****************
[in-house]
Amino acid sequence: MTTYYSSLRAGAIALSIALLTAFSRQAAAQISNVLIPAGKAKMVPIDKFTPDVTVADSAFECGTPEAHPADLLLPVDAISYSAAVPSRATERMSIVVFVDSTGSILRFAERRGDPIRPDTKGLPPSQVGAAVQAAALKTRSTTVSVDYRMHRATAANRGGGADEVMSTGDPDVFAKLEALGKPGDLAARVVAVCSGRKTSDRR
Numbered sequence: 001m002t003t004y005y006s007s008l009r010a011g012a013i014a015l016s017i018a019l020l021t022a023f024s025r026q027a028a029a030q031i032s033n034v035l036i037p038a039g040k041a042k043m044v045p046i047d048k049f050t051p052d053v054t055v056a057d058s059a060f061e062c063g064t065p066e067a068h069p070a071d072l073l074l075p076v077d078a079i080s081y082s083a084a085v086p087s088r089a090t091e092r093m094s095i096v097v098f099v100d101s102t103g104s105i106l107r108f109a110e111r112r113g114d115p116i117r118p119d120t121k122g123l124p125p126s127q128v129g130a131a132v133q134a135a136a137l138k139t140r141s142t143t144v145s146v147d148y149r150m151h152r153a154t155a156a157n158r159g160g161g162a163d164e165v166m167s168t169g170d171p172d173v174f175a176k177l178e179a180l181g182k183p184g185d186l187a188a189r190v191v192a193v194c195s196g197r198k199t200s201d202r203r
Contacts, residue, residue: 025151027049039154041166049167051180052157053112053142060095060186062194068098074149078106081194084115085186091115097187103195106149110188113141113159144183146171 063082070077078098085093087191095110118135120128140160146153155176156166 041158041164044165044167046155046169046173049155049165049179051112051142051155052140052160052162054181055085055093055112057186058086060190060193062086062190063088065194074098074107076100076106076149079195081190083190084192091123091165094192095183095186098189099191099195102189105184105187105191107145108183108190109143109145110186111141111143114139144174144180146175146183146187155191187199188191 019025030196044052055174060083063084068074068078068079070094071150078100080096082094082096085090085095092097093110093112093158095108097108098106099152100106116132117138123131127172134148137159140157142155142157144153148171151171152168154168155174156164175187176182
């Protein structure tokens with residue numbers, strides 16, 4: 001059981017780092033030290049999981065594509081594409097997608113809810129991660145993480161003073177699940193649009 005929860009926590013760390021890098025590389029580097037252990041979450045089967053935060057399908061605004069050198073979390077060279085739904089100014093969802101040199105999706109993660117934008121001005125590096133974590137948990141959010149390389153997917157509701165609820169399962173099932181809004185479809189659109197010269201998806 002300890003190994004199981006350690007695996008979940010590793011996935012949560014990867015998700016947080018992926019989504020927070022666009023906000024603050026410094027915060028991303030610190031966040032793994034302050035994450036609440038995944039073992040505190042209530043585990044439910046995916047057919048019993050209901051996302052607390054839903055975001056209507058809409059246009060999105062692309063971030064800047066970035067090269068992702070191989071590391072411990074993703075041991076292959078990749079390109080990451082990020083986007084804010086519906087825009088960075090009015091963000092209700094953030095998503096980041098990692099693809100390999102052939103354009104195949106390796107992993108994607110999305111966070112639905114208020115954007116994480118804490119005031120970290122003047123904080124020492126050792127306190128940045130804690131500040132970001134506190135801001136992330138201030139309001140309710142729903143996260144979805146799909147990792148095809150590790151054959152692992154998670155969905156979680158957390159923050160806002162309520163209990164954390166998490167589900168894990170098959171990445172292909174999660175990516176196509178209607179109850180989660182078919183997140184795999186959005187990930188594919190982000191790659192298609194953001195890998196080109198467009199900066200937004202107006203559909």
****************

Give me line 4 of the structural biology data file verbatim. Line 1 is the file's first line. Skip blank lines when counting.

Contacts, residue, residue: 025151027049039154041166049167051180052157053112053142060095060186062194068098074149078106081194084115085186091115097187103195106149110188113141113159144183146171 063082070077078098085093087191095110118135120128140160146153155176156166 041158041164044165044167046155046169046173049155049165049179051112051142051155052140052160052162054181055085055093055112057186058086060190060193062086062190063088065194074098074107076100076106076149079195081190083190084192091123091165094192095183095186098189099191099195102189105184105187105191107145108183108190109143109145110186111141111143114139144174144180146175146183146187155191187199188191 019025030196044052055174060083063084068074068078068079070094071150078100080096082094082096085090085095092097093110093112093158095108097108098106099152100106116132117138123131127172134148137159140157142155142157144153148171151171152168154168155174156164175187176182